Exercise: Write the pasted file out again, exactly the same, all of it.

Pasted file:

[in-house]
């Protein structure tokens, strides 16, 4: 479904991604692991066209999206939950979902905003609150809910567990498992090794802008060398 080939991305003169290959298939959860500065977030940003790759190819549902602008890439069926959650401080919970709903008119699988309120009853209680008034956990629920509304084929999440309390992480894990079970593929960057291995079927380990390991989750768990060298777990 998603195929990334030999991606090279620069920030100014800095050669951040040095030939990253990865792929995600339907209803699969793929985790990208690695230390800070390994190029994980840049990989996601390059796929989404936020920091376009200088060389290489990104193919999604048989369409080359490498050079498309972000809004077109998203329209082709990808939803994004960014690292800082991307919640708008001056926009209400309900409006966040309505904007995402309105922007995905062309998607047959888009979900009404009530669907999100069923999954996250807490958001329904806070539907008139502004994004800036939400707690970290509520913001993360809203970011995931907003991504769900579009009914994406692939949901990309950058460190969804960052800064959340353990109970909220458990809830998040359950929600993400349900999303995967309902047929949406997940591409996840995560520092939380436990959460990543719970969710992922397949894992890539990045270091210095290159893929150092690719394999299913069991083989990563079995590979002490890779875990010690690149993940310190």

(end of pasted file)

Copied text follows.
[in-house]
């Protein structure tokens, strides 16, 4: 479904991604692991066209999206939950979902905003609150809910567990498992090794802008060398 080939991305003169290959298939959860500065977030940003790759190819549902602008890439069926959650401080919970709903008119699988309120009853209680008034956990629920509304084929999440309390992480894990079970593929960057291995079927380990390991989750768990060298777990 998603195929990334030999991606090279620069920030100014800095050669951040040095030939990253990865792929995600339907209803699969793929985790990208690695230390800070390994190029994980840049990989996601390059796929989404936020920091376009200088060389290489990104193919999604048989369409080359490498050079498309972000809004077109998203329209082709990808939803994004960014690292800082991307919640708008001056926009209400309900409006966040309505904007995402309105922007995905062309998607047959888009979900009404009530669907999100069923999954996250807490958001329904806070539907008139502004994004800036939400707690970290509520913001993360809203970011995931907003991504769900579009009914994406692939949901990309950058460190969804960052800064959340353990109970909220458990809830998040359950929600993400349900999303995967309902047929949406997940591409996840995560520092939380436990959460990543719970969710992922397949894992890539990045270091210095290159893929150092690719394999299913069991083989990563079995590979002490890779875990010690690149993940310190």